Oh, absolutely not, which is why I was supporting the emergency funding measure for months before Democrats finally decided to cooperate and grant the $4.6 billion, or vote for the $4.6 billion in funding. So that's just a first step. But Chuck, the problem is the uncontrolled, the overwhelming flow of people coming into this country illegally. In May alone, it was 4,600 people per day. It came down a little bit in June to about 3,500 people per day. But on average it's been over 2,800 people per day for this fiscal year. So again, let me put this in context. Since 2014, that was the humanitarian crisis here, when -- that President Obama called a humanitarian crisis, when 120,000 people came into this country illegally, either as an unaccompanied child but primarily as part of a family. Since 2014, the last five years, nine months, 1,086,000 people have come in as unaccompanied child or primarily as a family unit and have been apprehended. 1,086,000 people, about half of those who have come in in the last nine months alone. So it's overwhelming our system. And the goal of our policy should be to reduce that flow, turn it into a legal process. There's a number of things we can do. One of the things we have to do is we have to raise that initial bar in terms of claiming asylum, hopefully set up centers in Guatemala, in Central America, so people can claim refugee status. But this is completely out of control.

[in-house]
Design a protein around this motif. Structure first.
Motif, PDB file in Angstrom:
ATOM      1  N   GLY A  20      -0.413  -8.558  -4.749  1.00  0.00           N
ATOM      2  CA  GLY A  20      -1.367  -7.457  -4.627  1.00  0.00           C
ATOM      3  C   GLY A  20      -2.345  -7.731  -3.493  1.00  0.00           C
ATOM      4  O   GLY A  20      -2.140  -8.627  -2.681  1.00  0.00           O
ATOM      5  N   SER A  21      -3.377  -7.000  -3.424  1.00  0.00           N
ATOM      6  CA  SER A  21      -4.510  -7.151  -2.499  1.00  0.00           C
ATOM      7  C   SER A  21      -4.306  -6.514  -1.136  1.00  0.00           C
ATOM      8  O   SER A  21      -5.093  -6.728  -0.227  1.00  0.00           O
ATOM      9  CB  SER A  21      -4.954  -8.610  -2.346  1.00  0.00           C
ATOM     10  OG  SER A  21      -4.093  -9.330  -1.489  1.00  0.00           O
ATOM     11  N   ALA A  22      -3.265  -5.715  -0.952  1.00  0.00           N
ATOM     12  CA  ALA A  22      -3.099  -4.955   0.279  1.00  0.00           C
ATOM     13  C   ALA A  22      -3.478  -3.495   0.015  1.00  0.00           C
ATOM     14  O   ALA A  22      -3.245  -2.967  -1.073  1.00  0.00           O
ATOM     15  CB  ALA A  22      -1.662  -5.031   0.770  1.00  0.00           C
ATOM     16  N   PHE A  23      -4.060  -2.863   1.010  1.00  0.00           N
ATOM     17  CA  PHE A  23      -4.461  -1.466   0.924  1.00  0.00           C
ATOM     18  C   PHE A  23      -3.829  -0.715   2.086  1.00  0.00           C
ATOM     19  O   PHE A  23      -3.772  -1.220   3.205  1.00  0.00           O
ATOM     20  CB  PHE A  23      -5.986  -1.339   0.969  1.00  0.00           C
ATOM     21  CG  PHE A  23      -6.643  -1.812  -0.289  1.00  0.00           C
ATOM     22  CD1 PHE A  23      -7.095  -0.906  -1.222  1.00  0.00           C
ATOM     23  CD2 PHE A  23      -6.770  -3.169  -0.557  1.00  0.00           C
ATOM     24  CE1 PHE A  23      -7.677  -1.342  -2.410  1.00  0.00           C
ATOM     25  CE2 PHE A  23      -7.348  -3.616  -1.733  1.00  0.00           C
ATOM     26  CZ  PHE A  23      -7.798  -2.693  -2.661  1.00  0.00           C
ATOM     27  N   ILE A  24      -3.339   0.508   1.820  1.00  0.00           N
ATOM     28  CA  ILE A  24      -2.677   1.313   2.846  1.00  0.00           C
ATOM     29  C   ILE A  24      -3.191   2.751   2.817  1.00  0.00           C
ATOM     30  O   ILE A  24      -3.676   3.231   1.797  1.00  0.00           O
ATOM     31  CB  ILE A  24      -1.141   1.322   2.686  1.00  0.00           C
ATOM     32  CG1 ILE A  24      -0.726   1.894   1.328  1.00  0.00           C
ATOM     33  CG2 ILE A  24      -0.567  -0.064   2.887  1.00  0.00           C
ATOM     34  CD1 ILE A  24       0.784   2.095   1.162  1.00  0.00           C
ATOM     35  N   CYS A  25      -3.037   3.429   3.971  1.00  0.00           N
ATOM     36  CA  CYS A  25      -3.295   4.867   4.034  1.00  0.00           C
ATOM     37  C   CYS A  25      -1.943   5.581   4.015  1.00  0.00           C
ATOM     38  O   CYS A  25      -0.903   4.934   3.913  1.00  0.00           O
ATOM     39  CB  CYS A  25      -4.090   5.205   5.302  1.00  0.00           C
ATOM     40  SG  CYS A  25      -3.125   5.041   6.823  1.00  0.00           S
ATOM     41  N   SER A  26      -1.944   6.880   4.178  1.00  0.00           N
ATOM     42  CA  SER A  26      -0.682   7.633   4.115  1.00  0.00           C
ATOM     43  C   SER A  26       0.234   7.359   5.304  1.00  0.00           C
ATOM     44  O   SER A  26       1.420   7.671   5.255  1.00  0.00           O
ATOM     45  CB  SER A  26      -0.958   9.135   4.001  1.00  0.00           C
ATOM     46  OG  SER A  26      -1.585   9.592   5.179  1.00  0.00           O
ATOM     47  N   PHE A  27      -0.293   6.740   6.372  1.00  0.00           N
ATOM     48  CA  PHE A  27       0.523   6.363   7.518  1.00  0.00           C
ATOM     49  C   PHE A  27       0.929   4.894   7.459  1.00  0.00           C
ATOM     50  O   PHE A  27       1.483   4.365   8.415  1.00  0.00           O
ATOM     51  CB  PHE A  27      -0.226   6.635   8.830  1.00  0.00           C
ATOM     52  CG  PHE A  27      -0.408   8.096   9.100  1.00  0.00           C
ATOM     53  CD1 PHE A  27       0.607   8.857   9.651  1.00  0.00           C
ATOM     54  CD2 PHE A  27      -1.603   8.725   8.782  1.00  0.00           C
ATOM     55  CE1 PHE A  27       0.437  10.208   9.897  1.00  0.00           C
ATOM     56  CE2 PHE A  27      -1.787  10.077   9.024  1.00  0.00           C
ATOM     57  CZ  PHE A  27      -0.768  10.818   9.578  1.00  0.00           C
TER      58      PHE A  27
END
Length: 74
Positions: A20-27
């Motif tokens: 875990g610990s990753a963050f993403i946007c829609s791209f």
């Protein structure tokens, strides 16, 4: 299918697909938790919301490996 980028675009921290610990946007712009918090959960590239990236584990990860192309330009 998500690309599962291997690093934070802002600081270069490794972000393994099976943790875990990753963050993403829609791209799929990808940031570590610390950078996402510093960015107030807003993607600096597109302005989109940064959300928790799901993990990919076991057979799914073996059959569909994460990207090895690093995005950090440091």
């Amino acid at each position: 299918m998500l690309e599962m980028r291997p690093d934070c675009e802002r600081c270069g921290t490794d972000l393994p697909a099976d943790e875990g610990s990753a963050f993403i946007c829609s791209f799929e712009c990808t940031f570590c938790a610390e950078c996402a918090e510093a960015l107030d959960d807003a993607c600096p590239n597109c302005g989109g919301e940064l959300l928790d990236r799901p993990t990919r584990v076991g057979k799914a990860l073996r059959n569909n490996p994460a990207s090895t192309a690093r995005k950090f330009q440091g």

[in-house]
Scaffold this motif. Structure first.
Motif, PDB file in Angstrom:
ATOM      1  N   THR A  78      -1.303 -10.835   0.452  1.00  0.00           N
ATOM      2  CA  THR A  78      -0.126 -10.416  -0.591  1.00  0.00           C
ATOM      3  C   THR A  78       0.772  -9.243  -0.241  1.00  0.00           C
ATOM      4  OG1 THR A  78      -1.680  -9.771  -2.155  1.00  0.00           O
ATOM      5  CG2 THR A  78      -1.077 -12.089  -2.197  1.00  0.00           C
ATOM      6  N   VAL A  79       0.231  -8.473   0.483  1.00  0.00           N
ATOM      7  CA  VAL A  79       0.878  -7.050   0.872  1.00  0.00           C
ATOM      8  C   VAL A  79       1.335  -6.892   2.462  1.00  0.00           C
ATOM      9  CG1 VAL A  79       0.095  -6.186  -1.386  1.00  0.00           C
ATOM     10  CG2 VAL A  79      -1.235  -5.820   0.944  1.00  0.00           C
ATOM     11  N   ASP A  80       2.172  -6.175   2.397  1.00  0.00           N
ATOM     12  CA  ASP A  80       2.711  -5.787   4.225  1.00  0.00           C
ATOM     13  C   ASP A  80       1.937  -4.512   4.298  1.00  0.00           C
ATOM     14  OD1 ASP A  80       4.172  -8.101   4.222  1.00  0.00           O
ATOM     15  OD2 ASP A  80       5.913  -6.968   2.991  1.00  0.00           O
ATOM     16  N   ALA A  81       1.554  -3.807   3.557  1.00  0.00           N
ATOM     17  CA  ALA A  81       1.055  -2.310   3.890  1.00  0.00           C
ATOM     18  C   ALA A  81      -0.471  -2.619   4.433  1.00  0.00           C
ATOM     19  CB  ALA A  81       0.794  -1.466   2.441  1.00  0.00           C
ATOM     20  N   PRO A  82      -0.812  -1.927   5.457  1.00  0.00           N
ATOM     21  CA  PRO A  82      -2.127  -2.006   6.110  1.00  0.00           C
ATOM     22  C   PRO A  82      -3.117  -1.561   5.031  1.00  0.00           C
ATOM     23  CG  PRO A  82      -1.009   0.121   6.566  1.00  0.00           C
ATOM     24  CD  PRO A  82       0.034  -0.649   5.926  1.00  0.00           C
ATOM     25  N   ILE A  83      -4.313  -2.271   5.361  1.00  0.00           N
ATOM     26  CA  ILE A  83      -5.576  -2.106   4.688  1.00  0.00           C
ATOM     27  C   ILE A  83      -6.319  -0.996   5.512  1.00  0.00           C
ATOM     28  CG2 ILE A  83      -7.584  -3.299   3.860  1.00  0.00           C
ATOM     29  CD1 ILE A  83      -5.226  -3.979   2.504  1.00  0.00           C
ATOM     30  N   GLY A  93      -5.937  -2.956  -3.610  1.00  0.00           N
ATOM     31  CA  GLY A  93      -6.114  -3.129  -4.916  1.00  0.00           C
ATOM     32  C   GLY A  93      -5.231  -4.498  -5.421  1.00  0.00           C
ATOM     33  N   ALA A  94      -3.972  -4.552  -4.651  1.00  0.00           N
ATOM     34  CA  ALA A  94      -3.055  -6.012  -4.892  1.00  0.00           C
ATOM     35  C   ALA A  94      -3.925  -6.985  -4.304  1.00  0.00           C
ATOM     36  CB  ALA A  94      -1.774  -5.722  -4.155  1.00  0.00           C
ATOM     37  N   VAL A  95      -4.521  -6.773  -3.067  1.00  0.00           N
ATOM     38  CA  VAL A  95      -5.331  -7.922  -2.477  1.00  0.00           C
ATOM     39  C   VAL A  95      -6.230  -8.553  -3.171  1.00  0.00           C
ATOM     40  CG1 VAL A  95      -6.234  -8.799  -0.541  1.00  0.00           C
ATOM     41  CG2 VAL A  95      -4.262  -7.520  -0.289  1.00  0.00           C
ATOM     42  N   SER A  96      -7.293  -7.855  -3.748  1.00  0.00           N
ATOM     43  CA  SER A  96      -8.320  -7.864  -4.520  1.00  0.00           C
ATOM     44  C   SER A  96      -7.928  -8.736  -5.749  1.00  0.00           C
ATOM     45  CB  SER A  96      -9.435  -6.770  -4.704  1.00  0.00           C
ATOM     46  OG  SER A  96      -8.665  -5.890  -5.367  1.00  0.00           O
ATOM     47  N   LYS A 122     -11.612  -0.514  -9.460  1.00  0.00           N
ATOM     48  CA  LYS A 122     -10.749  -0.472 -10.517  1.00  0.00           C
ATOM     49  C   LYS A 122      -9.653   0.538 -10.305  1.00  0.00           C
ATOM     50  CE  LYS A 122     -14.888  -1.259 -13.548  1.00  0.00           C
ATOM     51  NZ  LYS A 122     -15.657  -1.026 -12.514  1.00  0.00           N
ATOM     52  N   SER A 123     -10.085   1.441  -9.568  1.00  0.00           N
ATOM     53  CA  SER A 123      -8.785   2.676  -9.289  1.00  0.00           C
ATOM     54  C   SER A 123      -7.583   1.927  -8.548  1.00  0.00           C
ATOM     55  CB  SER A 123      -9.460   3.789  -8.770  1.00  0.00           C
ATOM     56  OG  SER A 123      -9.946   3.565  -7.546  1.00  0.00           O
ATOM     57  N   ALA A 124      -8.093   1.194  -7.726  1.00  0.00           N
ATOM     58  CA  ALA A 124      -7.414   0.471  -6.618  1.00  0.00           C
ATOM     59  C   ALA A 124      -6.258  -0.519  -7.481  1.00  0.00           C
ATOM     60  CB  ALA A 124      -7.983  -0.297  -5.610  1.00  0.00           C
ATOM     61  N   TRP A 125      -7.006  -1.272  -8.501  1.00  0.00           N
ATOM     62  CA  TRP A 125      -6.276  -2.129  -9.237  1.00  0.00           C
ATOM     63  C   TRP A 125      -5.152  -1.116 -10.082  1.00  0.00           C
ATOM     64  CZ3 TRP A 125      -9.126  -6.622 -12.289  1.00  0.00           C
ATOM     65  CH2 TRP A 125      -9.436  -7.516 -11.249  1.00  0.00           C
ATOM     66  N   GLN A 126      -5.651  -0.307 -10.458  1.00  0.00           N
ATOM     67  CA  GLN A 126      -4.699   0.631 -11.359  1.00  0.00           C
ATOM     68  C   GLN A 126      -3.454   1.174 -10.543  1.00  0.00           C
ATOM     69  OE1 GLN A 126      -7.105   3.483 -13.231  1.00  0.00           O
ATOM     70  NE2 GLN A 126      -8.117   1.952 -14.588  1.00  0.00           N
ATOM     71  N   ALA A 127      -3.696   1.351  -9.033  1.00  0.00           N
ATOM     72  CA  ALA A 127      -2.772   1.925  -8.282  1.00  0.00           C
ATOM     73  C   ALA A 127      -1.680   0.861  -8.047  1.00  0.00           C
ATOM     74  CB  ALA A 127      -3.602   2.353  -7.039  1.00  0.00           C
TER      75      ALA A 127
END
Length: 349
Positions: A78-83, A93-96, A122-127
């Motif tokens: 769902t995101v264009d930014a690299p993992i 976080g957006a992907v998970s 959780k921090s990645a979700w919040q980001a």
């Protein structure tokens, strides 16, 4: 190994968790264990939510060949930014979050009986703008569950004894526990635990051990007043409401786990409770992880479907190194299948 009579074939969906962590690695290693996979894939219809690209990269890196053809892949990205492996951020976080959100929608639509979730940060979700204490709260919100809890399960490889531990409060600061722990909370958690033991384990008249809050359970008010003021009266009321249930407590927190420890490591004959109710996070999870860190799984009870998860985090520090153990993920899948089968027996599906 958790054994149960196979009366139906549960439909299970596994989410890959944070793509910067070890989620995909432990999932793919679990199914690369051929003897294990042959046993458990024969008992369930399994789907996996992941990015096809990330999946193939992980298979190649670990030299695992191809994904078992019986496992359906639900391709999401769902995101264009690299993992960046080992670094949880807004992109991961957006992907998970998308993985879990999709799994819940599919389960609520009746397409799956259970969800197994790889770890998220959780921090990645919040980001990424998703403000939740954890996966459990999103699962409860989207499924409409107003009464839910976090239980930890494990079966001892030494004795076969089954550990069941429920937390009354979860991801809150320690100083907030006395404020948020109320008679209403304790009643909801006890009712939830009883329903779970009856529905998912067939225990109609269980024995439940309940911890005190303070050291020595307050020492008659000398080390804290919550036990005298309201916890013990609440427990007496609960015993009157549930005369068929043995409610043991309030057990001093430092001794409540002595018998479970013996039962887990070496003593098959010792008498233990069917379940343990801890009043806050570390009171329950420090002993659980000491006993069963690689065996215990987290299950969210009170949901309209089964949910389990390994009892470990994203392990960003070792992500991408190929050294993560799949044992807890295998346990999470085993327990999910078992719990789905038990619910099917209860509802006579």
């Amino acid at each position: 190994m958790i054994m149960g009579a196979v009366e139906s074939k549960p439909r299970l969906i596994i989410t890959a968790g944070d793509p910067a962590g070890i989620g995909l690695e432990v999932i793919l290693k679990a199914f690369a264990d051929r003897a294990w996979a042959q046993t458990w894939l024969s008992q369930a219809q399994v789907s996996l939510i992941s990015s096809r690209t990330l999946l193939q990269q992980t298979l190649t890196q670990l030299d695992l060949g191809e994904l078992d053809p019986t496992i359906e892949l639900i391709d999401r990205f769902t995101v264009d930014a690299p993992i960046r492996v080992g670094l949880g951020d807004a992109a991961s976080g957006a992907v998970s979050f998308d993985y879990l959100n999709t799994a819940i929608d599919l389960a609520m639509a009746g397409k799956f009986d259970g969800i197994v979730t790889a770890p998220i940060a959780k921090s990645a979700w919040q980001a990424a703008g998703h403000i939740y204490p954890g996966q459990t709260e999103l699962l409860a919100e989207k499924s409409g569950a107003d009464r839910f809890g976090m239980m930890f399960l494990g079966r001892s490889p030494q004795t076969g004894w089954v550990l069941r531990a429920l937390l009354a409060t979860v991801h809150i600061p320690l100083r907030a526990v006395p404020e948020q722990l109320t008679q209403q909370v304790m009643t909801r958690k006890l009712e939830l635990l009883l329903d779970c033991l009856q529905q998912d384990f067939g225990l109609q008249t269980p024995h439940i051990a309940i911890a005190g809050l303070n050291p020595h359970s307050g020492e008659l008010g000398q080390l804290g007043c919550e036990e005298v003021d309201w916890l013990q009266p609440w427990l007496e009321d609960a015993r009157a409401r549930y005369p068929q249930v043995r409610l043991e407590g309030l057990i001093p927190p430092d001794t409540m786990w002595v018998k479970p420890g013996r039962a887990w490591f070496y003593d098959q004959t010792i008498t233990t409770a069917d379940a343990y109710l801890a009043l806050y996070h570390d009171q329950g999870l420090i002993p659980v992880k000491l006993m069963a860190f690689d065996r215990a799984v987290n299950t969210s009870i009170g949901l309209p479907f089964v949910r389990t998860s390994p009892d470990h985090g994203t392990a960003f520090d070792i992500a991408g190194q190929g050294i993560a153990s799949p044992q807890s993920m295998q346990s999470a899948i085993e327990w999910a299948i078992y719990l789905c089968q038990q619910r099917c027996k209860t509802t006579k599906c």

CHUCK TODD:

Well, Senator, there seems to be that enforcement -- there's an argument now that the extra enforcement measures, the get tough measures the president has tried is actually encouraging more migration. Let me read you a clip here from Ricardo Salinas.He writes this: "The people of Central America are left with a stark choice, endure growing instability, poverty, and intensifying violence as part of the failed drug war, or flee now before the border is closed completely. The rapidly rising numbers of families and unaccompanied minors who are willing to risk their lives to make the perilous journey north, even knowing that detention and separation await, speak of the increasing desperation." I mean, this seems to be -- we're talking about the border when the real core of the problem we're doing nothing about, if anything the president took money away from Central America.

SENATOR RON JOHNSON: